Curbside Classic: 1986-1989 Honda Accord – Ignoring The Future In Favor Of The Present


The 1980s are not remembered as a time of subtlety, and after nearly fifteen years characterized by social consciousness and morality, overindulgence was back in.  It usually takes a few years for car design to catch up with buyers’ expectations, making product planning more difficult than in other industries.  Honda, however, managed to cook up a new Accord for 1986 that appealed to sobered-up flower children and cut-throat yuppies alike.


The late production coupe pictured here is a well-loved example, as evidenced by the OEM replacement exhaust and fresh attempts to halt the spread of rust.   An early production hatchback or sedan would be closer to the designers’ original intent, but the difficulty in finding any after multiple attempts to do so highlights the rarity of these nearly thirty-year-old cars in states where salt is used.

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Occurring at the height of the decade’s zeitgeist, the launch of the third generation of Honda’s biggest US market seller occurred at the best possible time.  While the high end of the market was full of rationally conceived cars designed with some extra flair, low to middle priced offerings of the day were often coldly utilitarian or crude and gimmicky.  The success of cars like the Celica and GTI exploited this gap to good effect, and Honda sought to apply a similar philosophy toward its own product design.  The new Accord was therefore the product of a very smart as well as bold company.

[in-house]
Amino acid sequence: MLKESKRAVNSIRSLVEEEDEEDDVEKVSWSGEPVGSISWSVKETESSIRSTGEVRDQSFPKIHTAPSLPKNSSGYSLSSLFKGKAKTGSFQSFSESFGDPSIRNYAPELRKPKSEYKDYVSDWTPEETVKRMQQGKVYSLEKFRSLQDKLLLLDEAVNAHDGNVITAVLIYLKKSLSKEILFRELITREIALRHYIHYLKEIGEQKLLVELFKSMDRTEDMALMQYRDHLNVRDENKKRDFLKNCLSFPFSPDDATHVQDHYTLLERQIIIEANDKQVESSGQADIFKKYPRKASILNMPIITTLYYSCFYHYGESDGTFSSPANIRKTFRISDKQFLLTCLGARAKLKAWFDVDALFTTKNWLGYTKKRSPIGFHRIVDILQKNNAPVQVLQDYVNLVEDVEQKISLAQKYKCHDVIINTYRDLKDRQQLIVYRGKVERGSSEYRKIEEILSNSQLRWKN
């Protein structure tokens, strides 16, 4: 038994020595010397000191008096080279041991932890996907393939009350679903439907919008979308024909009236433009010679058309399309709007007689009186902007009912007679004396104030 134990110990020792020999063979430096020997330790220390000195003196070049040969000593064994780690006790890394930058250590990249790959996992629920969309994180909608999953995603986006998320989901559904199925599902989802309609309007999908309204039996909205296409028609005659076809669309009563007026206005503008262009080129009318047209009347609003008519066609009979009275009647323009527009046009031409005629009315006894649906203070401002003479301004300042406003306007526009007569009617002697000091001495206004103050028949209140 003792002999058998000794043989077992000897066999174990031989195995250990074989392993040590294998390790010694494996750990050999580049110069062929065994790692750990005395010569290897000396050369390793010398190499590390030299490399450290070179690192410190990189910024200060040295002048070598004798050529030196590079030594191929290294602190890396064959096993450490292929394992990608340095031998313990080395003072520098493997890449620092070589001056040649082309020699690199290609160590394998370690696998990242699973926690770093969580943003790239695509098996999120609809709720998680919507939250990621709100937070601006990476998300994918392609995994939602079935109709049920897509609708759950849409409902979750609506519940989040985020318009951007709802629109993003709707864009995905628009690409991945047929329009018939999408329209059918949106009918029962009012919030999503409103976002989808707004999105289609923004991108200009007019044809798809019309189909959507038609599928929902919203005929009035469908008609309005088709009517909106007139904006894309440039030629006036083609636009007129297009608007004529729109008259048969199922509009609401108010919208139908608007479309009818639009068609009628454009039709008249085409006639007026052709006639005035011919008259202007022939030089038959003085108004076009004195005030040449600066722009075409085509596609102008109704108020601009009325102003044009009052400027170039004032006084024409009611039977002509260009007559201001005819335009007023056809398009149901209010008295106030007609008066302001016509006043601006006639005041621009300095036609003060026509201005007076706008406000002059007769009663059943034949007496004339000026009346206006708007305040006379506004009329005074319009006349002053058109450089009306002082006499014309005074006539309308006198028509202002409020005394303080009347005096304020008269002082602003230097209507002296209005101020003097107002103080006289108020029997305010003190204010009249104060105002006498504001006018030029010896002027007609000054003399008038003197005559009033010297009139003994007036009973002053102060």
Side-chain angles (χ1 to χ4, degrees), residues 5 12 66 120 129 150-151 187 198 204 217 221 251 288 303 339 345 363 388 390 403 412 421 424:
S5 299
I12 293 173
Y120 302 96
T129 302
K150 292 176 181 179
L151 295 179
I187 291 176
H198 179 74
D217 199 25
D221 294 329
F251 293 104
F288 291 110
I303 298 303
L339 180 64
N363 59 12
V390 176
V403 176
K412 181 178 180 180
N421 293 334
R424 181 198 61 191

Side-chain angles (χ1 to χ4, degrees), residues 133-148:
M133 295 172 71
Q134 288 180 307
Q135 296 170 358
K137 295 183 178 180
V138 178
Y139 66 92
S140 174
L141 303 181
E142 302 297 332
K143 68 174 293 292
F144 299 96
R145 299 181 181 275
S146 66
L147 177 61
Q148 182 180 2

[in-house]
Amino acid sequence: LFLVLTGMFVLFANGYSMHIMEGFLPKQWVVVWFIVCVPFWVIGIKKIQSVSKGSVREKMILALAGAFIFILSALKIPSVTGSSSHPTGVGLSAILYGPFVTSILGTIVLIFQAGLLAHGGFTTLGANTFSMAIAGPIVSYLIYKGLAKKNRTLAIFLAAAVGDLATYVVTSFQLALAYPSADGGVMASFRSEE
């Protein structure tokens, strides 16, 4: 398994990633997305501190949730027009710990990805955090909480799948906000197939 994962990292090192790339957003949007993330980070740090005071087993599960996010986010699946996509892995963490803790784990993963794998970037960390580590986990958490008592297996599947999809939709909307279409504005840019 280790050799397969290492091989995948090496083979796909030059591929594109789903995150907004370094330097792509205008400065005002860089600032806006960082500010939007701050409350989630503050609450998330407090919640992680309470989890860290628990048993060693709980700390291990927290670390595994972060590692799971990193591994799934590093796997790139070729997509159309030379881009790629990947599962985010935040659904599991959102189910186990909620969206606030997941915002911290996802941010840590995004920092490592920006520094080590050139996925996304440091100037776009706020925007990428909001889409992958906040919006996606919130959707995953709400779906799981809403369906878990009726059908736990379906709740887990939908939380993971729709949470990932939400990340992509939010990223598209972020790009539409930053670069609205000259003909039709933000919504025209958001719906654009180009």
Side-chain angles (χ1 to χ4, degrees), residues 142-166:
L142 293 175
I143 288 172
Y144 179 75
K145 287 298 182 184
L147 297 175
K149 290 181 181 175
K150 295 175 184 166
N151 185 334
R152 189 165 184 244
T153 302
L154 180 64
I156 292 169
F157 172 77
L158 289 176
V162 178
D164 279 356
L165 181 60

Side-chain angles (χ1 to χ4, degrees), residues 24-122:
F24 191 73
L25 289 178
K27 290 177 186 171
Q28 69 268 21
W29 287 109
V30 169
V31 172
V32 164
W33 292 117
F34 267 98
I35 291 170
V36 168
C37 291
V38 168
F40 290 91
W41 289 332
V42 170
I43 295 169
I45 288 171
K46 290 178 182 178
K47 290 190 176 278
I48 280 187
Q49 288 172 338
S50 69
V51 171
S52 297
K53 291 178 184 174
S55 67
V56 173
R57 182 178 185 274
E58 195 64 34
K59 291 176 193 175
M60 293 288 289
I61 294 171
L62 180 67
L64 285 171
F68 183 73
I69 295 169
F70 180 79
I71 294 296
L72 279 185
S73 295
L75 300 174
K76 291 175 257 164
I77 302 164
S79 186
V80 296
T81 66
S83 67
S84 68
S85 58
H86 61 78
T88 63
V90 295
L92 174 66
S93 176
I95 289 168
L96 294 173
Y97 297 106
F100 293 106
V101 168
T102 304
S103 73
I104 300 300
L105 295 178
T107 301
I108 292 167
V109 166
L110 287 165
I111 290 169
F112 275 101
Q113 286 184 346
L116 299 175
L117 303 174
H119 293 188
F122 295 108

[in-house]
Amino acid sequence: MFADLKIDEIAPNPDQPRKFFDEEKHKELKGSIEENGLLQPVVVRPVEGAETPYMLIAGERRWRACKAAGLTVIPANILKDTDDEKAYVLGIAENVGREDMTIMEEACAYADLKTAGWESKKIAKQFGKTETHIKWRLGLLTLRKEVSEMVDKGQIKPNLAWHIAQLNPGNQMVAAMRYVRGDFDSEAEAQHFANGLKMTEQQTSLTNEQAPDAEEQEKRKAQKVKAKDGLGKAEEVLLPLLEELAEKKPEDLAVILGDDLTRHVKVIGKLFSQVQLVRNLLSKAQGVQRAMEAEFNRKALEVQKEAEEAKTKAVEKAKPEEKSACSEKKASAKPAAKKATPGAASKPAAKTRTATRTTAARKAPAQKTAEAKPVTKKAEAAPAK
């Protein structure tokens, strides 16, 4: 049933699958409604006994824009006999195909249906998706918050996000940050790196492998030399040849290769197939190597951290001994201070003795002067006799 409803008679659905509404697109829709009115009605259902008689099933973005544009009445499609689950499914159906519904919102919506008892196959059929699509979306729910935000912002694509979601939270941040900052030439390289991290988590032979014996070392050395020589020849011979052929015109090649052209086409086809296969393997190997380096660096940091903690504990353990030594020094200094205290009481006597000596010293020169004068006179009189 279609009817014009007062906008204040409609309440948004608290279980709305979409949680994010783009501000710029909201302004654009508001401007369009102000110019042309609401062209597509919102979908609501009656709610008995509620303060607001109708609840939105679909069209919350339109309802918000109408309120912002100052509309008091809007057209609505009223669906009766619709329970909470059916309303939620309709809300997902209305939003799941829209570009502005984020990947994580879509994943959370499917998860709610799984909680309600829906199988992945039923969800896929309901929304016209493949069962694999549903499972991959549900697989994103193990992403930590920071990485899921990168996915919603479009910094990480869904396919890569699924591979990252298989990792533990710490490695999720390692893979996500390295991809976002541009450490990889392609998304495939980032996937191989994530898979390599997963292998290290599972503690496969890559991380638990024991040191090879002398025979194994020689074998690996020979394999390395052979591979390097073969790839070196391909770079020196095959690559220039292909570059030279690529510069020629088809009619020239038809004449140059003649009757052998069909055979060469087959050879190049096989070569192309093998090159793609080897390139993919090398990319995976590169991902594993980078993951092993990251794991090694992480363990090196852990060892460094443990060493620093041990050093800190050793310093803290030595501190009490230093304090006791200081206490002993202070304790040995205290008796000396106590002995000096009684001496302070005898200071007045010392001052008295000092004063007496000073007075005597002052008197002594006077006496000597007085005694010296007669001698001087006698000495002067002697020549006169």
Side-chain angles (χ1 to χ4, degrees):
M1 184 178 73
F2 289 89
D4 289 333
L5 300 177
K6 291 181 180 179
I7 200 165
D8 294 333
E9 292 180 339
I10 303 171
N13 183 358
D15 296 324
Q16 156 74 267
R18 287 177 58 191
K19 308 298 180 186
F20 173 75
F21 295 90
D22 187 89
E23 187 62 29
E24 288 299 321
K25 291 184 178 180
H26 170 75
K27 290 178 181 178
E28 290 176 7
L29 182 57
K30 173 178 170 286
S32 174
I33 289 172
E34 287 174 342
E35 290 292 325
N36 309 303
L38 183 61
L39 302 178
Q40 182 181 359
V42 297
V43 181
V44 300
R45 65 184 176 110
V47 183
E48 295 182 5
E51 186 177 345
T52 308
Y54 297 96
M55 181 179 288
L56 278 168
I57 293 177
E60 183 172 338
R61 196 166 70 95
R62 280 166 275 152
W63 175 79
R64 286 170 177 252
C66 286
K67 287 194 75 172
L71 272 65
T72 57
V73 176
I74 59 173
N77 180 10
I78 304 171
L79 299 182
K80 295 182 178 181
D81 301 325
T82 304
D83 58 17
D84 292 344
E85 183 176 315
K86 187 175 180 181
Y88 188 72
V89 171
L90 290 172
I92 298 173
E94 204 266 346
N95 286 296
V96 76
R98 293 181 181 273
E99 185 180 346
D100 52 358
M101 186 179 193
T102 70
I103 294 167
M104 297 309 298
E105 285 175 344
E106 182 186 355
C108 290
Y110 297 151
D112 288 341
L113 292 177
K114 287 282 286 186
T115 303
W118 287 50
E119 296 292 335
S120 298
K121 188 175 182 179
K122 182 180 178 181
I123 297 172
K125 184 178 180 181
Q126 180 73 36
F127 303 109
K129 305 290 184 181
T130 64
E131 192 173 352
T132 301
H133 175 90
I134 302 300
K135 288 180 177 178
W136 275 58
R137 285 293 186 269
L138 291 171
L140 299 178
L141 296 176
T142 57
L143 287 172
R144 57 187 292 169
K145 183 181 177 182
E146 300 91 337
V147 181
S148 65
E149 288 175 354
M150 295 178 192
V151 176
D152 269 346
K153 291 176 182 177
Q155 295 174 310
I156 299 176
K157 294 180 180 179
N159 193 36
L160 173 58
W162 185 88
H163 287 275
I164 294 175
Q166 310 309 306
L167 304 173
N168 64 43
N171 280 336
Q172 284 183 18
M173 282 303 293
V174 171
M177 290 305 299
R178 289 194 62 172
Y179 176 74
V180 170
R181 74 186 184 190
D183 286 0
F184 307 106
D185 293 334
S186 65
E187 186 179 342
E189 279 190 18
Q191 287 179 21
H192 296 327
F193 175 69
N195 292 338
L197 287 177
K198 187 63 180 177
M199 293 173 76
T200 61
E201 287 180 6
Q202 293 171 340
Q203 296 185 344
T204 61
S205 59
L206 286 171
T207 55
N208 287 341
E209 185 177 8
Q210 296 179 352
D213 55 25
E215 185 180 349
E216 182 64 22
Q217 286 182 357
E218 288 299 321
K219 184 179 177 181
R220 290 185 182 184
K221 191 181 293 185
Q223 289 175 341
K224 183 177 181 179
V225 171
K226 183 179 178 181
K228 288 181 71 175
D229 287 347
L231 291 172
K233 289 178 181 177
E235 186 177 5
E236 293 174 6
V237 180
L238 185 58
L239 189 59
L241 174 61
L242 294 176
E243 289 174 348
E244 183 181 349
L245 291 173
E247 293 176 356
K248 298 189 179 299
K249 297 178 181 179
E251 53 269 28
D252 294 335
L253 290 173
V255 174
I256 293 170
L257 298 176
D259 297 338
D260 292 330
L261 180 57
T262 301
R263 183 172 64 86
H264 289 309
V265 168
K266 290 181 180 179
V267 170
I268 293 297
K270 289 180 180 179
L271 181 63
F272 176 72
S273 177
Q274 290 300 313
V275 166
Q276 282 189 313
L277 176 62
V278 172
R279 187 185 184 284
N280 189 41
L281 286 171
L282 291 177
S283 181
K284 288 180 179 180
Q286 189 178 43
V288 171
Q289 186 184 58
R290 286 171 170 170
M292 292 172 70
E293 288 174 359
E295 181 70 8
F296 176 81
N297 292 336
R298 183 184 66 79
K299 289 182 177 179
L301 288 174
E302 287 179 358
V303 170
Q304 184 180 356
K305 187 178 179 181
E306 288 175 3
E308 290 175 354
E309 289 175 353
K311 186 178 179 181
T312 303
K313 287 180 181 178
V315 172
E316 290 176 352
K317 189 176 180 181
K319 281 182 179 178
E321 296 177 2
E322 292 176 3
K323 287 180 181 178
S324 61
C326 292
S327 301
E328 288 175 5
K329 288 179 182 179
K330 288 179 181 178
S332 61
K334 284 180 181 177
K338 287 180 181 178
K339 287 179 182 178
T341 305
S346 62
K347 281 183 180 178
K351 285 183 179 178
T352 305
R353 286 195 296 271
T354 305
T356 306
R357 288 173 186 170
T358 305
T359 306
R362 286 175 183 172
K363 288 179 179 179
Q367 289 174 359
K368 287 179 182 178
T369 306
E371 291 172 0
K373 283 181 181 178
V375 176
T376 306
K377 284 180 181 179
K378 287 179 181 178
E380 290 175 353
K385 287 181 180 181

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A smaller player in Japan than its domestic rivals, Honda made a name for itself in the US by selling cars which combined shrewd engineering and high quality with good value.  But despite a reputation for a satisfying driving experience, sex appeal was never a part of the equation.  That began to change in 1983 when the second generation of the Prelude debuted with low-slung, wedge shaped styling.  The successful third-generation Civic, which followed a year later, brought the same look to one of the company’s biggest sellers, justifying the risk of peddling sportiness in a conservative segment.

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As the best seller in its biggest market, Honda had even more riding on the Accord’s shoulders.  With its design fully locked-in well before the NHTSA repealed its ban on composite headlights, Honda chose to ignore the imposed styling limitations by using retractable headlights, as they had done on the Prelude.


Double-wishbone front suspension, also seen on the Prelude, both enabled and fulfilled the promises put forth by the lithe sheet metal.  For the first time, it was accompanied by an unequal-length control arm set up at the rear (patent here), making the new Accord the first front wheel drive car with control arms locating the wheels at all four corners.